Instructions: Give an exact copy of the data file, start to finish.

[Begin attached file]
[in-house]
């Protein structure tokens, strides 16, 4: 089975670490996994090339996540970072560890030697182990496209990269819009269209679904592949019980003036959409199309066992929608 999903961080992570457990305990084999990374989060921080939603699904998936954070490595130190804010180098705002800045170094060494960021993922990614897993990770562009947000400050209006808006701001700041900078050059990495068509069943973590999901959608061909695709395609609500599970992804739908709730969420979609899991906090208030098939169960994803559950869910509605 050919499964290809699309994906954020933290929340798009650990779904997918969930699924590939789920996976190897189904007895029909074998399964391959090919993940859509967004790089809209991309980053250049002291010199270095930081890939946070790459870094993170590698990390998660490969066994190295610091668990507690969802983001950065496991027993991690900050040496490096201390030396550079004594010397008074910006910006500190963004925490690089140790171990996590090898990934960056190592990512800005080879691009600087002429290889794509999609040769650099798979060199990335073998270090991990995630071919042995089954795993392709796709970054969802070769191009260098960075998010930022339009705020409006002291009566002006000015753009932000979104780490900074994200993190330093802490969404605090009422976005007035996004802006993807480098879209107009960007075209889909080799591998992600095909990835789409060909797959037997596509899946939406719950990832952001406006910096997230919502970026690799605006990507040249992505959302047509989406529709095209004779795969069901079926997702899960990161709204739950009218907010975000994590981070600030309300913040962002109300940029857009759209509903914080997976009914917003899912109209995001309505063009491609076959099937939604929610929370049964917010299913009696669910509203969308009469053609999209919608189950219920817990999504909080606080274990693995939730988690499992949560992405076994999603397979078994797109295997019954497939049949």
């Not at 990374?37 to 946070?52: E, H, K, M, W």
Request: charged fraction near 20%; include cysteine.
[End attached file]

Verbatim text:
[in-house]
């Protein structure tokens, strides 16, 4: 089975670490996994090339996540970072560890030697182990496209990269819009269209679904592949019980003036959409199309066992929608 999903961080992570457990305990084999990374989060921080939603699904998936954070490595130190804010180098705002800045170094060494960021993922990614897993990770562009947000400050209006808006701001700041900078050059990495068509069943973590999901959608061909695709395609609500599970992804739908709730969420979609899991906090208030098939169960994803559950869910509605 050919499964290809699309994906954020933290929340798009650990779904997918969930699924590939789920996976190897189904007895029909074998399964391959090919993940859509967004790089809209991309980053250049002291010199270095930081890939946070790459870094993170590698990390998660490969066994190295610091668990507690969802983001950065496991027993991690900050040496490096201390030396550079004594010397008074910006910006500190963004925490690089140790171990996590090898990934960056190592990512800005080879691009600087002429290889794509999609040769650099798979060199990335073998270090991990995630071919042995089954795993392709796709970054969802070769191009260098960075998010930022339009705020409006002291009566002006000015753009932000979104780490900074994200993190330093802490969404605090009422976005007035996004802006993807480098879209107009960007075209889909080799591998992600095909990835789409060909797959037997596509899946939406719950990832952001406006910096997230919502970026690799605006990507040249992505959302047509989406529709095209004779795969069901079926997702899960990161709204739950009218907010975000994590981070600030309300913040962002109300940029857009759209509903914080997976009914917003899912109209995001309505063009491609076959099937939604929610929370049964917010299913009696669910509203969308009469053609999209919608189950219920817990999504909080606080274990693995939730988690499992949560992405076994999603397979078994797109295997019954497939049949």
């Not at 990374?37 to 946070?52: E, H, K, M, W």
Request: charged fraction near 20%; include cysteine.